The frustrated collector


[Some of this material is verifiably factual, some of it is informed speculation, and most of it is written strangely. Make of it what you will....Chaz]

The music industry, no less than other fragments of Entertainment, Inc., is driven by the Cult of the New. Much to the dismay of the record moguls, though, their back catalogs contribute a whole lot to the bottom line, sometimes more than the hotly-hyped new stuff. There have been times during the past quarter-century that it seemed the only thing keeping Capitol Records solvent was endless Beatles reissues — and before the three Anthologies, yet.

Billboard had taken a step to recognize this phenomenon with the creation of a chart just for catalog material, which promptly filled up with hardy perennials like Pink Floyd. Reissue labels like Rhino Records in California, Taragon on Long Island, and the German-based Bear Family are mining catalogs from many labels and coming up with gold. A glance through Phonolog, and you might discover that there are three albums — and a box set! — devoted to those Minnesota-based one-and-a-half-hit wonders, the Trashmen. And you might think that fans of non-current pop and rock were living today in some sort of digitally-remastered Shangri-La. But, to borrow a phrase from Ira Gershwin, it ain't necessarily so. Even as seemingly marginal material gets redone and reissued, an awful lot of good stuff is locked up until further notice. It is the function of this page to whine about it.

And even when tracks are dug out of the vaults, there's no guarantee you're going to get the version you remember. EMI did this to us twice. The single of "I'll Be There" by Gerry and the Pacemakers, released in the US on Laurie 3279 in late 1964, has a very different vocal from the version EMI has been sending over here ever since, and EMI's acquisition of Laurie hasn't made any difference. Ditto the Animals' "We Gotta Get Out of This Place", on MGM 13382 in 1965; in fact, Abkco (again!), which owns the US rights to the Animals' EMI catalog, was reported to believe that the version they sell (and that also appears on the British releases from EMI) is the version approved by the band, and that the track released over here on 45 was a mistake. Ironically, Abkco's original CD release used the same cover photo as MGM's original best-of LP, which of course contained the proper US version. (But see below.)

Nor is this phenomenon limited to EMI recordings. Consider the Zombies' "She's Not There", which involves no alternate takes but still manages to perplex: there's a decent four-track stereo mix out there, but it lacks a drum/hi-hat overdub that was added to the single (issued here as Parrot 9695) at the last moment. Ace Records in Britain, which was working up an all-stereo Zombies anthology from the band's Decca tapes, had pretty well decided that an occasional missing overdub would not have a negative impact on the set, but they worried that an incomplete "She's Not There", by far the best-known song from the Zombies' Decca days, might queer the deal for buyers. They agonized over the matter for a few moments, then came up with a solution which will infuriate purists and (I think) delight listeners: they asked original Zombies drummer Hugh Grundy to redo his drum part, which would then be mixed with the extant four-track recording. Even niftier, Grundy brought the original snare drum on which he'd played that part in 1964. The results, judged purely by ear, are quite effective. Now if we could just get Decca to comprehend that the proper "What's New Pussycat?", a hit for Tom Jones on Parrot 9765, contains a piano part and a breaking-glass sound effect that appeared in the movie it served as title; the first couple of Tom Jones reissue CDs cut off that intro entirely.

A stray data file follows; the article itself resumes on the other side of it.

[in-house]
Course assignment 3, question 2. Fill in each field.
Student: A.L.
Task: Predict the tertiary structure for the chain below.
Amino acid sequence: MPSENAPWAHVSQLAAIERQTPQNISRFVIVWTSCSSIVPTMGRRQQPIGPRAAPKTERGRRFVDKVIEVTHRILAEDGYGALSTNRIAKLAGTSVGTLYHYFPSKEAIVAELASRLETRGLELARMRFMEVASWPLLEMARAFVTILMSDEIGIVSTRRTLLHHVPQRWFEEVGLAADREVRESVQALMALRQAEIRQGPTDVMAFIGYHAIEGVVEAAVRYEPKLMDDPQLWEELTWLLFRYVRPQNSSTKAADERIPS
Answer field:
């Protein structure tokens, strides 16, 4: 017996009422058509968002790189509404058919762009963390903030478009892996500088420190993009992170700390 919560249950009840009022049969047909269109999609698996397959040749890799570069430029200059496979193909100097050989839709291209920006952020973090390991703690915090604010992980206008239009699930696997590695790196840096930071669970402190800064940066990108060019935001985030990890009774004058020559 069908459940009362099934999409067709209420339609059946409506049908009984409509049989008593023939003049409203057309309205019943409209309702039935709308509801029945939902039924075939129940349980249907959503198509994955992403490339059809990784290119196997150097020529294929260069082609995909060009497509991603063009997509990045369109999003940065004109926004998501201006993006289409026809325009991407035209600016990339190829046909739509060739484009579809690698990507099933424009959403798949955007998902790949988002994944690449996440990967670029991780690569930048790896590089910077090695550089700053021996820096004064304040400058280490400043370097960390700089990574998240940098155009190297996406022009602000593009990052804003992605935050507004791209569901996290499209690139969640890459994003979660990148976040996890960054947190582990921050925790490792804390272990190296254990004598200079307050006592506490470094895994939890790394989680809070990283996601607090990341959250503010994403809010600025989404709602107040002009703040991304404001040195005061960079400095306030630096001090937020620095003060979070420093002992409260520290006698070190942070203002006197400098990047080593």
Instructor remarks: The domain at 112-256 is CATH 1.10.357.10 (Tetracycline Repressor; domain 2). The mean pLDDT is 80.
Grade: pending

There have been, though, some actual success stories:

  • At long last, both Capitol Records and the mail-order house Collectors' Choice Music have managed to license tracks from Dean Martin's Reprise catalog, songs like "Everybody Loves Somebody" (Reprise 0281) which haven't been available from Dino's Claude Productions (which originally licensed those recordings to Warner Bros.) for decades.
     
  • The late Dickie Goodman's legendary break-in records, from the original "Flying Saucer" with Bill Buchanan in the Fifties through "Safe Sex Report" in the Eighties, have been available only sporadically; Goodman's estate has now put its imprimatur on a new collection called Greatest Fables, issued on the Luniverse (!) label under the auspices of Hot Productions.
     
  • The 45 versions of some Dunhill tracks are elusive at best: